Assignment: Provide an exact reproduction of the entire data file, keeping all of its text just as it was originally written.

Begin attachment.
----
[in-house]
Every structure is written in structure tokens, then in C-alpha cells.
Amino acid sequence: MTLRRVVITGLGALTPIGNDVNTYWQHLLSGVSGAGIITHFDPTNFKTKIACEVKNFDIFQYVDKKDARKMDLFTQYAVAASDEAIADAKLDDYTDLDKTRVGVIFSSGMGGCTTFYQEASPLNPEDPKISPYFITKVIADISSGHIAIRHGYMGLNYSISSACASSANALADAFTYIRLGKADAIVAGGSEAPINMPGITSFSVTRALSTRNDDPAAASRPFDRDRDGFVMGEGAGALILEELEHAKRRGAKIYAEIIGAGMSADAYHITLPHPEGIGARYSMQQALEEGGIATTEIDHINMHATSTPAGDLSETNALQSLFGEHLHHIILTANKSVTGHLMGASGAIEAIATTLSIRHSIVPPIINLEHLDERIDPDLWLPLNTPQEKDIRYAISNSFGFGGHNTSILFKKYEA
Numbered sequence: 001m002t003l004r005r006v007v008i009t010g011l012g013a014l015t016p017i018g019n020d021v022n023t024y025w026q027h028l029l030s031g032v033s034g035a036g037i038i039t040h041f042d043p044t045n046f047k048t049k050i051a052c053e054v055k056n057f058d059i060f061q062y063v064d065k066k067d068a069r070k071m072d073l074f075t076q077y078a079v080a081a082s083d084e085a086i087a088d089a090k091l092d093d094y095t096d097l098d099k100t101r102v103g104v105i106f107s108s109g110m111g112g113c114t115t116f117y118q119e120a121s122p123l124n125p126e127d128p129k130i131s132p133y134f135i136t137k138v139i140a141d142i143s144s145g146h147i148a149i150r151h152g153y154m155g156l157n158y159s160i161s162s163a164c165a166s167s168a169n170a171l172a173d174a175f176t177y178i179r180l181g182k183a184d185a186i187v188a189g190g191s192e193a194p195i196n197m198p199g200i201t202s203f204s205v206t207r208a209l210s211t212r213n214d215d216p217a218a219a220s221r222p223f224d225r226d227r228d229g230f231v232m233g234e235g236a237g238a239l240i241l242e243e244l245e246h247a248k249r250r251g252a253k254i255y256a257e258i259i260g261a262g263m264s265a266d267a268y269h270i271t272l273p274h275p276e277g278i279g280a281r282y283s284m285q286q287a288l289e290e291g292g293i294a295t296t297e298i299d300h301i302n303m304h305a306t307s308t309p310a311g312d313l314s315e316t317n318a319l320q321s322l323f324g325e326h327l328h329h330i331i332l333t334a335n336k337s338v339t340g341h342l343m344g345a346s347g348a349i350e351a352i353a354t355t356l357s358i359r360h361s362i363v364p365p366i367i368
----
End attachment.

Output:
[in-house]
Every structure is written in structure tokens, then in C-alpha cells.
Amino acid sequence: MTLRRVVITGLGALTPIGNDVNTYWQHLLSGVSGAGIITHFDPTNFKTKIACEVKNFDIFQYVDKKDARKMDLFTQYAVAASDEAIADAKLDDYTDLDKTRVGVIFSSGMGGCTTFYQEASPLNPEDPKISPYFITKVIADISSGHIAIRHGYMGLNYSISSACASSANALADAFTYIRLGKADAIVAGGSEAPINMPGITSFSVTRALSTRNDDPAAASRPFDRDRDGFVMGEGAGALILEELEHAKRRGAKIYAEIIGAGMSADAYHITLPHPEGIGARYSMQQALEEGGIATTEIDHINMHATSTPAGDLSETNALQSLFGEHLHHIILTANKSVTGHLMGASGAIEAIATTLSIRHSIVPPIINLEHLDERIDPDLWLPLNTPQEKDIRYAISNSFGFGGHNTSILFKKYEA
Numbered sequence: 001m002t003l004r005r006v007v008i009t010g011l012g013a014l015t016p017i018g019n020d021v022n023t024y025w026q027h028l029l030s031g032v033s034g035a036g037i038i039t040h041f042d043p044t045n046f047k048t049k050i051a052c053e054v055k056n057f058d059i060f061q062y063v064d065k066k067d068a069r070k071m072d073l074f075t076q077y078a079v080a081a082s083d084e085a086i087a088d089a090k091l092d093d094y095t096d097l098d099k100t101r102v103g104v105i106f107s108s109g110m111g112g113c114t115t116f117y118q119e120a121s122p123l124n125p126e127d128p129k130i131s132p133y134f135i136t137k138v139i140a141d142i143s144s145g146h147i148a149i150r151h152g153y154m155g156l157n158y159s160i161s162s163a164c165a166s167s168a169n170a171l172a173d174a175f176t177y178i179r180l181g182k183a184d185a186i187v188a189g190g191s192e193a194p195i196n197m198p199g200i201t202s203f204s205v206t207r208a209l210s211t212r213n214d215d216p217a218a219a220s221r222p223f224d225r226d227r228d229g230f231v232m233g234e235g236a237g238a239l240i241l242e243e244l245e246h247a248k249r250r251g252a253k254i255y256a257e258i259i260g261a262g263m264s265a266d267a268y269h270i271t272l273p274h275p276e277g278i279g280a281r282y283s284m285q286q287a288l289e290e291g292g293i294a295t296t297e298i299d300h301i302n303m304h305a306t307s308t309p310a311g312d313l314s315e316t317n318a319l320q321s322l323f324g325e326h327l328h329h330i331i332l333t334a335n336k337s338v339t340g341h342l343m344g345a346s347g348a349i350e351a352i353a354t355t356l357s358i359r360h361s362i363v364p365p366i367i368